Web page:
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This second issue of GMS Hospital Hygiene underlines the character of the online journal as an interdisciplinary journal of the German Society for Hospital Hygiene in its effort to strengthen prevention of infection. The main focus of this issue is the potential for prevention of infection for community based populations and for patients and medical staff including methods and strategies such as the clinical use of antiseptics as an alternative treatment possibility to antibiotics, a study on the prevention of mite allergy, investigation of the effects of stress on the antioxidative potential, and a screening method for quality control of plasma sources for medical use.
The main topic of all articles of this issue is prevention of healthcare associated infection using various methods. In a joint consensus recommendation of the working group of the German Society for Hospital Hygiene and the German Society for Anaesthesiology and Intensive Medicine basics and principles of Infection Prevention in ventilation anaesthesia using breathing filter systems are highlighted.
Although in Germany it is estimated that annually some 30,000 to 50,000 bite wounds occur and about 1–2% of all emergency admissions to hospitals are based on bite incidences, there is no uniform standard of care for such wounds. To close this gap, a recommendation for the prevention of postoperative wound infections in the surgical treatment of bite wounds has been developed.
In an analysis of 798 MRSA cases over a period of seven years in a university hospital the authors found a significantly increased risk for MRSA infection in male patients. Gender specific risk factors for MRSA infection or carriage have been investigated scantly and the presented data has not been known yet. The study could confirm an increased risk for intensive care patients and a 4 times longer length of hospital stay for MRSA patients.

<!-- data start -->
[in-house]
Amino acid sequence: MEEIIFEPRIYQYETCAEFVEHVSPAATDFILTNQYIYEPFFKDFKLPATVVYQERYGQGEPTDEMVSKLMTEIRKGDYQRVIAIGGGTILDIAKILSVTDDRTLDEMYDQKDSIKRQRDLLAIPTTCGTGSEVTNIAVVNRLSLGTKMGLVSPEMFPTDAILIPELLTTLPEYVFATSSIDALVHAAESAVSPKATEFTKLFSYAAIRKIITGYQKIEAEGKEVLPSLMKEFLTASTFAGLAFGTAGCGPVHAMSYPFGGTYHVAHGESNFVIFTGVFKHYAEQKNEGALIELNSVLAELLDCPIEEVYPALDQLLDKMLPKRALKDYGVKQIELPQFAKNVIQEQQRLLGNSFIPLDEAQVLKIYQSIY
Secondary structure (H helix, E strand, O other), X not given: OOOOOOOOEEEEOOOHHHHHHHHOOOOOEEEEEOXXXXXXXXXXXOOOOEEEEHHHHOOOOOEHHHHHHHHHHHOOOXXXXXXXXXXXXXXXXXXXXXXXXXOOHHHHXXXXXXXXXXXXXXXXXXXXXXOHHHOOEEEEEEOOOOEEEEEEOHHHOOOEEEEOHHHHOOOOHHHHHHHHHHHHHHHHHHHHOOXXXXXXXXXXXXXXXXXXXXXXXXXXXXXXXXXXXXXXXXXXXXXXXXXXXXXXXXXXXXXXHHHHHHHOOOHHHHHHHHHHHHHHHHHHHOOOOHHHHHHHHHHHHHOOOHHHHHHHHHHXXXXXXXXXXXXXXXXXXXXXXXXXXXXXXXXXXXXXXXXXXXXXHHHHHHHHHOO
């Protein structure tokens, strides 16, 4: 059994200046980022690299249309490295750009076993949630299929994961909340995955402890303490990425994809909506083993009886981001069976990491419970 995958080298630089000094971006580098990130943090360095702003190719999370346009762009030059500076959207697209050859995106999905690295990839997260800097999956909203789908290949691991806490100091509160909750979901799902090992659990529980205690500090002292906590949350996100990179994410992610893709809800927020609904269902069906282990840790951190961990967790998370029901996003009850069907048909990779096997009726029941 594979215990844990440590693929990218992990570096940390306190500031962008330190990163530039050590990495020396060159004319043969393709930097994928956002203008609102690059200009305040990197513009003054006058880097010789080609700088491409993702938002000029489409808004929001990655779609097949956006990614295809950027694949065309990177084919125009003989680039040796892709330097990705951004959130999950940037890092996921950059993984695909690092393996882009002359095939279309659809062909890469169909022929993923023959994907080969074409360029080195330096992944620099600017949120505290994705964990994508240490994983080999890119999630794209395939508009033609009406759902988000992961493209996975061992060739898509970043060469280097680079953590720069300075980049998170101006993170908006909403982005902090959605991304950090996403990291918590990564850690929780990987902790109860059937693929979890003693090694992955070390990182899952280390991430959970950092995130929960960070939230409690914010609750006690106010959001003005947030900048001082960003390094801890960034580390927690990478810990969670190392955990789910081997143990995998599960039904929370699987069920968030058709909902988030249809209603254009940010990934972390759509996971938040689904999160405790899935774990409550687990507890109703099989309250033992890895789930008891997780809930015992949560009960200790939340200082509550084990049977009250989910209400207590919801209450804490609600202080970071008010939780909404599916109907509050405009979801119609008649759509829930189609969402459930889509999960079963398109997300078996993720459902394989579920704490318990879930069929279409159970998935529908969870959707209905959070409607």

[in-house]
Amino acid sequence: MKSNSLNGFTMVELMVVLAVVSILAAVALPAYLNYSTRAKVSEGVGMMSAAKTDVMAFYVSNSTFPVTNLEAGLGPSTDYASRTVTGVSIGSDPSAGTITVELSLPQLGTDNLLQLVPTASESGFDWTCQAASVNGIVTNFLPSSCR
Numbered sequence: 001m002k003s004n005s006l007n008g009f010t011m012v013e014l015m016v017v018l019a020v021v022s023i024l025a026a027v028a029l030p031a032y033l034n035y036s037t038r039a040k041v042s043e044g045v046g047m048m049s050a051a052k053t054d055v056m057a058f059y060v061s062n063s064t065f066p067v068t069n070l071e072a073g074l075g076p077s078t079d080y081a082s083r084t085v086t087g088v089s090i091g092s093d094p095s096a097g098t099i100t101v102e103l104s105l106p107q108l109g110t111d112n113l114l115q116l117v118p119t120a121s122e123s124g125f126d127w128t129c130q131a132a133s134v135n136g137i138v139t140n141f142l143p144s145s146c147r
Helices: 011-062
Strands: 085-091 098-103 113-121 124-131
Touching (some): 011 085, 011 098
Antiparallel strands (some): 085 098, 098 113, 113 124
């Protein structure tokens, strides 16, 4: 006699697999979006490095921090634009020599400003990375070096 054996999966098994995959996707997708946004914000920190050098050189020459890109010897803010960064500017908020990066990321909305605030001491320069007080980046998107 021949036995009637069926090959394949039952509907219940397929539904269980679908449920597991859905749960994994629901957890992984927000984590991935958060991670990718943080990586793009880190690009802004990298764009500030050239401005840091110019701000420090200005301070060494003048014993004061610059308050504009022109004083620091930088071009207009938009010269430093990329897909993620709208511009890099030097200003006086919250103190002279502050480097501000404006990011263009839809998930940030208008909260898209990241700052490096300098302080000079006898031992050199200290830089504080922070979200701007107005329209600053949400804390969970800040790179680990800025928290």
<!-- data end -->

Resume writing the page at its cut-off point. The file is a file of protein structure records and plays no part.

The next article shows that disinfection of all surfaces in a cardiac operation theatre with a mixed flow ventilation in addition to removable of medical devices and inventory or covering with sterile surgical drapes improved the room air quality from a clean room class C to a clean room class B. Taking these principles into account, obeying strict surface disinfection and control of particle shedders might improve surgical outcomes further.
Antimicrobial impregnation of objects of the daily living but also of surfaces, textiles and clothing in the medical setting are at increasing attention. In the light of the associated risks, for each product and product group a careful risk benefit assessment must be conducted, including the assessment for the need of antimicrobial impregnation. Results of a risk benefit assessment for antimicrobial paramedic coats and jackets including investigation of the microbial contamination of paramedic uniforms in emergency services with and without silver treats are presented. The results showed no microbiological advantage for the silver textile.
Although iodine-impregnated incision drapes are antiseptic and effectively reduce microbial wound contamination, the investigation of the potential to reduced surgical site infections (SSIs) by using iodine-impregnated incision drapes will require large sample sizes to show any difference. This is because of the string antimicrobial effect and the low SSI rate.